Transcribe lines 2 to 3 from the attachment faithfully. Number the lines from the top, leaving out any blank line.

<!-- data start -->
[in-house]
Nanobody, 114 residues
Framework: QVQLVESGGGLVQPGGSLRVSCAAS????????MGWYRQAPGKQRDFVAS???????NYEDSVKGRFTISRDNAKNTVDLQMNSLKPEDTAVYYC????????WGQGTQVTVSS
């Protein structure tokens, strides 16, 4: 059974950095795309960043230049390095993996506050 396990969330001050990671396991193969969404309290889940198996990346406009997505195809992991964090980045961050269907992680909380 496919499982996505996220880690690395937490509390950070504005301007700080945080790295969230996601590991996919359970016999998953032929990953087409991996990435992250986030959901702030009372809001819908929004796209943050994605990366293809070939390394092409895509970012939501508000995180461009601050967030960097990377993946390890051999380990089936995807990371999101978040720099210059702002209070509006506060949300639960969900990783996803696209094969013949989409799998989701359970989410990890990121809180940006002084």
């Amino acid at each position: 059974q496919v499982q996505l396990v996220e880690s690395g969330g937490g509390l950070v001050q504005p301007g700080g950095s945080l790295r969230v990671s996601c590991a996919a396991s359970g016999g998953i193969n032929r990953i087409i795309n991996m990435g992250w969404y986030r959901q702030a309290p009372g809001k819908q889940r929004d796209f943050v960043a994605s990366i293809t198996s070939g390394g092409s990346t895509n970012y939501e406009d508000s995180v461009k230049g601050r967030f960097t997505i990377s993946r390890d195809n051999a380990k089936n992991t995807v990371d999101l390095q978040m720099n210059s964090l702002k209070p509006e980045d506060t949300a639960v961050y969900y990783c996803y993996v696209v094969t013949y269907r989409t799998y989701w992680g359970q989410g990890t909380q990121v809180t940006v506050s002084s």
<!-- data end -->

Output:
Nanobody, 114 residues
Framework: QVQLVESGGGLVQPGGSLRVSCAAS????????MGWYRQAPGKQRDFVAS???????NYEDSVKGRFTISRDNAKNTVDLQMNSLKPEDTAVYYC????????WGQGTQVTVSS